Image credit: Lots of tools

14 comments

  1. A real shame about ES Explorer. It used to be one of my go-tos, default apps. Took another look recently and the thing is a tracking, pop-up ads, tricky embedded links… nightmare.

    Someone should put together a top-ten list of apps that ‘jumped-the-shark” or went from darling to villain…

    • Hi Gazoo,
      It is a shame, but oh well. I could be wrong but I think that it could be difficult to just fit ten apps on that list, ha ha.

  2. The one underlying theme here is that a vast majority of smartphone owners use them as a substitute or a replacement for their home desktop/laptops. Or they use them as a Swiss Army knife of electronics (TV, e-book reader, game console, etc) What they forget or ignore is the fact that while a Swiss Army knife is compact and very useful in an emergency, its component tools are mediocre in performance in comparison to stand-alone, dedicated ones. There is no way on this Earth that a device the size of a smartphone will ever be as powerful as a desktop, laptop or even a netbook. So, downloading every app that one uses on their PC to their smartphone is only going to degrade its performance.

    • Hey Dragonmouth,
      I completely agree but since everyone is usually always on the go, using a laptop might almost a mission impossible. I always try to do as much as possible on my notebook, it’s more comfortable (at least for me).

      • In light of “The Scary Prospects of the Android Virus “GhostCtrl”” do you have an anti-virus and a firewall installed on your smartphone? If you are going to use your phone as a surrogate PC, you have to protect it like a PC. If you don’t have them installed, how much of a performance hit are you going to take if you do install them?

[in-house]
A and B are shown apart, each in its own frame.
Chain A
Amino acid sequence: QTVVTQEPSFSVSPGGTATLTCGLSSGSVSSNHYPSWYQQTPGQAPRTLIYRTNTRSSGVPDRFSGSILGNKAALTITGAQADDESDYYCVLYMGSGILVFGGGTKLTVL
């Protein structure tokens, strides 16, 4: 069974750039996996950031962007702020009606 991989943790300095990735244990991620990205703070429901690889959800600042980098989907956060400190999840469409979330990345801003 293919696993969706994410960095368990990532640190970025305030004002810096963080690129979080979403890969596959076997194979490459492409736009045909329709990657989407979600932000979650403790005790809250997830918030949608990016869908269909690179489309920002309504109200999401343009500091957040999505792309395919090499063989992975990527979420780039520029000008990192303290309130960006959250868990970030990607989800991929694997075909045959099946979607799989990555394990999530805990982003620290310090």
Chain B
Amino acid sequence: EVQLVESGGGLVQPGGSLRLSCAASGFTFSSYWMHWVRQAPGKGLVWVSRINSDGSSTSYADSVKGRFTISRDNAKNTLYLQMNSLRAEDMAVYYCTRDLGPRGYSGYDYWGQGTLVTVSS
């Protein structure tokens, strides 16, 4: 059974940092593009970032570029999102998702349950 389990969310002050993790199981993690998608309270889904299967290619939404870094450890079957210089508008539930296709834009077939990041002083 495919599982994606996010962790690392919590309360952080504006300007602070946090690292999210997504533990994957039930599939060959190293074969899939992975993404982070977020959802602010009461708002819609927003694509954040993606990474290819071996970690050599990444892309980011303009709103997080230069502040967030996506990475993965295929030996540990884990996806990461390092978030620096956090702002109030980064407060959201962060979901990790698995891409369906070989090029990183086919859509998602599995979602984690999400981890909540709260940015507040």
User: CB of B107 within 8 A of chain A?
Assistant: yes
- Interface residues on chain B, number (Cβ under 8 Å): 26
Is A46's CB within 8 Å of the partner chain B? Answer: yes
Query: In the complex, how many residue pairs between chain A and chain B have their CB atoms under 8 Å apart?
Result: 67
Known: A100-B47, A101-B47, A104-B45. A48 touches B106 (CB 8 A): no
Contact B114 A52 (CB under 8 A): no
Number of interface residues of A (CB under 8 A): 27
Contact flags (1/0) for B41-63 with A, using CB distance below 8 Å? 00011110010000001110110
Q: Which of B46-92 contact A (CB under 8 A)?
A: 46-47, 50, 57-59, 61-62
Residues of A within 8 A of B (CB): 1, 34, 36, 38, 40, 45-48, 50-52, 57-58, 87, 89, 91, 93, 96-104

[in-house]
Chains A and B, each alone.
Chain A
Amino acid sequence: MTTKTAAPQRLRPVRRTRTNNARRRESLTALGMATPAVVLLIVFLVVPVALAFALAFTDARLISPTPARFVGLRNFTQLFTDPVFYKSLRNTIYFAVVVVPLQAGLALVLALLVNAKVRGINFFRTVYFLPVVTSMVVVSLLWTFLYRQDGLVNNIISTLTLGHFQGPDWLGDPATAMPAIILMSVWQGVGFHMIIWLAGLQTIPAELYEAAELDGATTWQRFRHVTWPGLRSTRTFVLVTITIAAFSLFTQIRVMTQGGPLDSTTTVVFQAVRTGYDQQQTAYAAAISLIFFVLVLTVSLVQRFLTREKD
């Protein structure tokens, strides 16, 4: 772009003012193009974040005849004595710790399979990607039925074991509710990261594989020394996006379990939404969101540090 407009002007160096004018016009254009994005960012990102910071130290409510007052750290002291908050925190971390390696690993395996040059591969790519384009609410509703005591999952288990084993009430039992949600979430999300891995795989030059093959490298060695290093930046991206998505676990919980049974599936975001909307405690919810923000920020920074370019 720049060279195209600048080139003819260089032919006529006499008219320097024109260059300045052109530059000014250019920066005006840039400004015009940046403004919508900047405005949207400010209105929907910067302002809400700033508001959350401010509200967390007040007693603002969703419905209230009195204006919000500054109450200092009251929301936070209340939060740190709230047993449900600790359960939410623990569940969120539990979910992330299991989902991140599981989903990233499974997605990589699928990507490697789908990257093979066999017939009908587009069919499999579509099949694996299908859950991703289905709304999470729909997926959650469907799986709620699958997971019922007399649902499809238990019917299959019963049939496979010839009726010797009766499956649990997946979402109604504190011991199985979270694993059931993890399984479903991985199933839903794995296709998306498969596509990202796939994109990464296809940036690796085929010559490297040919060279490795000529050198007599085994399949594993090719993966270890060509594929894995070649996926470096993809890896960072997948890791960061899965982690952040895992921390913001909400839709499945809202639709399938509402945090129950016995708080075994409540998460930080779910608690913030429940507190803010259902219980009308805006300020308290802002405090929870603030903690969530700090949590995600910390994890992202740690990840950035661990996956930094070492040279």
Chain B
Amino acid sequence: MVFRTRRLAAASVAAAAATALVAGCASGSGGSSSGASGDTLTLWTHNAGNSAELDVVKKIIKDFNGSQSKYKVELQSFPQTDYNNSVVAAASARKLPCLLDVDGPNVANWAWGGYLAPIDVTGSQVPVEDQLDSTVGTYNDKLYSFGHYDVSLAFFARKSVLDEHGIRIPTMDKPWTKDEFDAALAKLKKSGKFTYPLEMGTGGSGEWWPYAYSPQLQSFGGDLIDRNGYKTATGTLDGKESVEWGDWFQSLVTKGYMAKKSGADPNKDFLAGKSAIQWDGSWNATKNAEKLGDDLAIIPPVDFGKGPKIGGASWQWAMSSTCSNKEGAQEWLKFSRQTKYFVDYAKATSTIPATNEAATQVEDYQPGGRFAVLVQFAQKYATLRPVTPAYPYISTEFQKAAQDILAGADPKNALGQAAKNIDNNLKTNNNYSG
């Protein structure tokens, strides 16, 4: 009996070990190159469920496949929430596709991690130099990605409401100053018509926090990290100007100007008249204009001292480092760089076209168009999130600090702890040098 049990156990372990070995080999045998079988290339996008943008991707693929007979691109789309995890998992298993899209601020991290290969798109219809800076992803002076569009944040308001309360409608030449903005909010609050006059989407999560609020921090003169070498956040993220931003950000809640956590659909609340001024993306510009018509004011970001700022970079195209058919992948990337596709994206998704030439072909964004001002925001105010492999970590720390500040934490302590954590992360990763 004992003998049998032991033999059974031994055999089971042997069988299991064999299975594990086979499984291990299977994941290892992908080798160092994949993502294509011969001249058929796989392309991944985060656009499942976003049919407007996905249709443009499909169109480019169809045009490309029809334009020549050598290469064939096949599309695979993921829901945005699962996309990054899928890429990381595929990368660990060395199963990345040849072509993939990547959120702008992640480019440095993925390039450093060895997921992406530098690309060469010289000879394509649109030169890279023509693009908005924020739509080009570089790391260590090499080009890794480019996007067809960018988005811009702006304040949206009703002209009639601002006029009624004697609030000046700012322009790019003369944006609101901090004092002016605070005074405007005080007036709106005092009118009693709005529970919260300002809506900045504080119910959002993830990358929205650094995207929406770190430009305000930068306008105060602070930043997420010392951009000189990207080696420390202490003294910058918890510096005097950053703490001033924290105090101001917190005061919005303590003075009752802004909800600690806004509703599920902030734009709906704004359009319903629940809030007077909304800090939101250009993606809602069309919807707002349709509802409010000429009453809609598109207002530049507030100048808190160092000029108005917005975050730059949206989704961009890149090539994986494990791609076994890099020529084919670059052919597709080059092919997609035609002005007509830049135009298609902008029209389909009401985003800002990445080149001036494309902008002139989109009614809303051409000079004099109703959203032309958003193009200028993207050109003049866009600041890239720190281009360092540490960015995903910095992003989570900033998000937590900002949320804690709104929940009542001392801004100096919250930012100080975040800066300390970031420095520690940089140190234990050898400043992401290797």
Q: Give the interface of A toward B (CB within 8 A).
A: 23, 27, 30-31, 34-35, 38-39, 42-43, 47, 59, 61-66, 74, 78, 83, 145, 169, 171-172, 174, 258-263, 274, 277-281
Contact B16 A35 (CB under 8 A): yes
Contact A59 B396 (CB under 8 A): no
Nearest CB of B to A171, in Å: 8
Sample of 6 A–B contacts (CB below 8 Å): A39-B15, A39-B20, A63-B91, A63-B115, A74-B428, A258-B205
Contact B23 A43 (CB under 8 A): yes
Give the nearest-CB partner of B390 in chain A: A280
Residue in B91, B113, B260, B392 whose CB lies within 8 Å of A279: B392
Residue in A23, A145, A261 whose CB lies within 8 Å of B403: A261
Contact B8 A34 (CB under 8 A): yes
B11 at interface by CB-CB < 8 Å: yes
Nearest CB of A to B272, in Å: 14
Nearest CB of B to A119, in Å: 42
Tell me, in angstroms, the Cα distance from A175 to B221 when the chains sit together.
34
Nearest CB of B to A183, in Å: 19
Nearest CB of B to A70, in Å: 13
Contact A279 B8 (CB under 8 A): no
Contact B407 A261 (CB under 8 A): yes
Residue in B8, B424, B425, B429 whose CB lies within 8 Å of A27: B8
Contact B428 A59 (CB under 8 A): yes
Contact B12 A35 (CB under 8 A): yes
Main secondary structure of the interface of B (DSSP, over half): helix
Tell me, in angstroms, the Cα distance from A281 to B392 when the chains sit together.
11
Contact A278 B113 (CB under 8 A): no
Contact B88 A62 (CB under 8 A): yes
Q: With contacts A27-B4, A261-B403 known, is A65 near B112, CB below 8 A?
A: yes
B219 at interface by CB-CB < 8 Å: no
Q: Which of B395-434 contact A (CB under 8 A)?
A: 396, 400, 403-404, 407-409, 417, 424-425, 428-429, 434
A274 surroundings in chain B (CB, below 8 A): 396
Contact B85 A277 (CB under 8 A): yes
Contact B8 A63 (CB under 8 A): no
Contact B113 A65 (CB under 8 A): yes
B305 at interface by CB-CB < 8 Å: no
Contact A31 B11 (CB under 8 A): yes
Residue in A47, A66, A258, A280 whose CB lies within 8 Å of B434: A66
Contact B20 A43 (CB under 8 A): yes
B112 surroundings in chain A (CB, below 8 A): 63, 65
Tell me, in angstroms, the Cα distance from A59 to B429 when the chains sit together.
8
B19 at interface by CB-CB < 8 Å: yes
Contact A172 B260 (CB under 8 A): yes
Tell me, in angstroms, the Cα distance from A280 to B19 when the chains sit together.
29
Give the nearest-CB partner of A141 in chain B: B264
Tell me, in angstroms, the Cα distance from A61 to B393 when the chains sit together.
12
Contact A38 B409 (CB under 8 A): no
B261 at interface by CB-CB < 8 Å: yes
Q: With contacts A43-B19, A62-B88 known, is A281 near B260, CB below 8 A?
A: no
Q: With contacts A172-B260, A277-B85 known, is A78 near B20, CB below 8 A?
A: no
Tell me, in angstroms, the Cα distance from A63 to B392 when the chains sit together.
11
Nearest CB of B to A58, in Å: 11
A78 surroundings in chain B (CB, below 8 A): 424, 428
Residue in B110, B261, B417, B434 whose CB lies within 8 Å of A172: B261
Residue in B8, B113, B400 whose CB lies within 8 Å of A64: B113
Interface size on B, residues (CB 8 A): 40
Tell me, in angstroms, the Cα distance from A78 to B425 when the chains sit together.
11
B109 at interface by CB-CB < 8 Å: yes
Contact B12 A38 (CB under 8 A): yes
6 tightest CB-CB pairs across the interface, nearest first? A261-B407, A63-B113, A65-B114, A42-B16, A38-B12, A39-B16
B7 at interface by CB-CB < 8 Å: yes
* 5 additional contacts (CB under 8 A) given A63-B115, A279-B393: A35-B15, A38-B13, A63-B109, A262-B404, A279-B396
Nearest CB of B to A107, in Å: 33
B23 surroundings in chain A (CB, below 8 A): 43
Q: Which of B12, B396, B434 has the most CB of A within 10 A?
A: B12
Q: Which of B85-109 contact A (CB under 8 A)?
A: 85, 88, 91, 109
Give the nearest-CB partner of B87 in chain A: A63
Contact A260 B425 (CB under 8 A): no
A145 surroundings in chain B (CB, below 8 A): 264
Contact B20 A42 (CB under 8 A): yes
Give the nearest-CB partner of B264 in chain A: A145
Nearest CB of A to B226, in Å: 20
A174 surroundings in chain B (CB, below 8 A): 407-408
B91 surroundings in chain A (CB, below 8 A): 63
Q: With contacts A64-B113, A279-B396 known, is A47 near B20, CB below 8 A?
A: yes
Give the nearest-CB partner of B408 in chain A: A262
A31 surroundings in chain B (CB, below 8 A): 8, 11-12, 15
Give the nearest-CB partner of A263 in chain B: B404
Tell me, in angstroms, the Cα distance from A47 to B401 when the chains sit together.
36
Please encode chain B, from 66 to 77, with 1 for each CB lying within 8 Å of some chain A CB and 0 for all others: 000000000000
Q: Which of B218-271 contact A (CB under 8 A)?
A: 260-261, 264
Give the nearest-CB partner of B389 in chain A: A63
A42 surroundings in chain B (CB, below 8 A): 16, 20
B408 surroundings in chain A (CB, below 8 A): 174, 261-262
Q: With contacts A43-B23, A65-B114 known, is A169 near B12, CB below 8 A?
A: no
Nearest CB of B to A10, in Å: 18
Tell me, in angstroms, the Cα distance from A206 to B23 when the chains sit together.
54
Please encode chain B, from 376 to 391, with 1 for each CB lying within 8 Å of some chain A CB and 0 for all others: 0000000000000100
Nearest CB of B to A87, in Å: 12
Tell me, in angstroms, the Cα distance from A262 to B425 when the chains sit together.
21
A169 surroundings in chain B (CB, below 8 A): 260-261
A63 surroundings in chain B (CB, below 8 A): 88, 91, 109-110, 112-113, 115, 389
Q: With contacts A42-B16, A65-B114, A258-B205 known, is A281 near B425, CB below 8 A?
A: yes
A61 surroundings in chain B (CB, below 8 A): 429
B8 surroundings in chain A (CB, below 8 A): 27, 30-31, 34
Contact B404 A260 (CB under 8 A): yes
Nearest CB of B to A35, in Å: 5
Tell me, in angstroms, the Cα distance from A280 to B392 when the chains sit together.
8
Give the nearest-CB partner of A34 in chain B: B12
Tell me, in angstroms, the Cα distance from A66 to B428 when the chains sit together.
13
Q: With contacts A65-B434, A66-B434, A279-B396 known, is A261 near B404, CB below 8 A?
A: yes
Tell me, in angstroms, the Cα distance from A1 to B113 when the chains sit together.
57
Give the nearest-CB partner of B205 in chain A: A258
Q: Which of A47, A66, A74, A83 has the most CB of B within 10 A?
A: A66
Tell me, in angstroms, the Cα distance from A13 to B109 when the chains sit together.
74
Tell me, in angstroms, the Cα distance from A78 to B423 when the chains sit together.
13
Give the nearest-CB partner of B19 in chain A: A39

Do smartphone users HAVE TO be stimulated/entertained 24/7/365 with YouTube, Netflix, Candy Crush, Angry Birds, etc?! How good a viewing experience can one get watching videos or movies on smartphones with even the largest screens?

  3. I am a root user and I have NEVER used es file Explorer.
    I use a app called mixplorer. It’s available on xda with plugins on play, (some plugins are free, others are paid.)

  4. In about 2011, I chose Dolphin Browser as my default mobile browser. I haven’t used it for a while, and removed it from my “Collection” of Android apps after reading this article. Thanks for the info.

    I have been using Brave Browser as my default Android browser for the last year or so, and am likely to transition to it fully (from Google Chromium) on desktop, too.

    Folks, if you don’t use Brave Browser yet (https://brave.com/), look into it and see if there’s any reason NOT to use it.

  5. I use “batterisparläge” (not sure what that is translated to in English, my guess is “battery saving” or “energy saving”). That setting is available from the top right on the battery info page in Marshmallow.

    Under settings – data usage – top right you can turn on “data usage restriction” (again, my own translation, may not be 100% accurate).

    These two settings above will save battery and data usage when not connected to WiFi. Most apps will not notify you about new events unless you open them. But Deja calendar app will notify you if you have an appointment scheduled regardless which is a good thing.

  6. I uninstalled all this rubbish and more shortly after I received my phone. It’s as bad as Microsoft, with endless hangers-on at the fringes vying for attention and money.

  7. Very new to internet and all the sites and choices.Trying to figure out the how’s and the should i’s can be overwhelming at times.Just now found your site Thanks in advance. Already learned some helpful comments and tips.

  8. Just ordered a Pixel-XL. What apps and AV, FW apps do you suggest? Any other apps to avoid?
    I am a newbie to mobile for my own use – my first smartphone. I am a retired (2013) Global Security Architect who has not kept up with my usual 2 hours of security research/reading of 365x a year for last 5 years. With the pace of security changes in the mobile space, I feel totally out of touch! All thoughts and comments are welcome.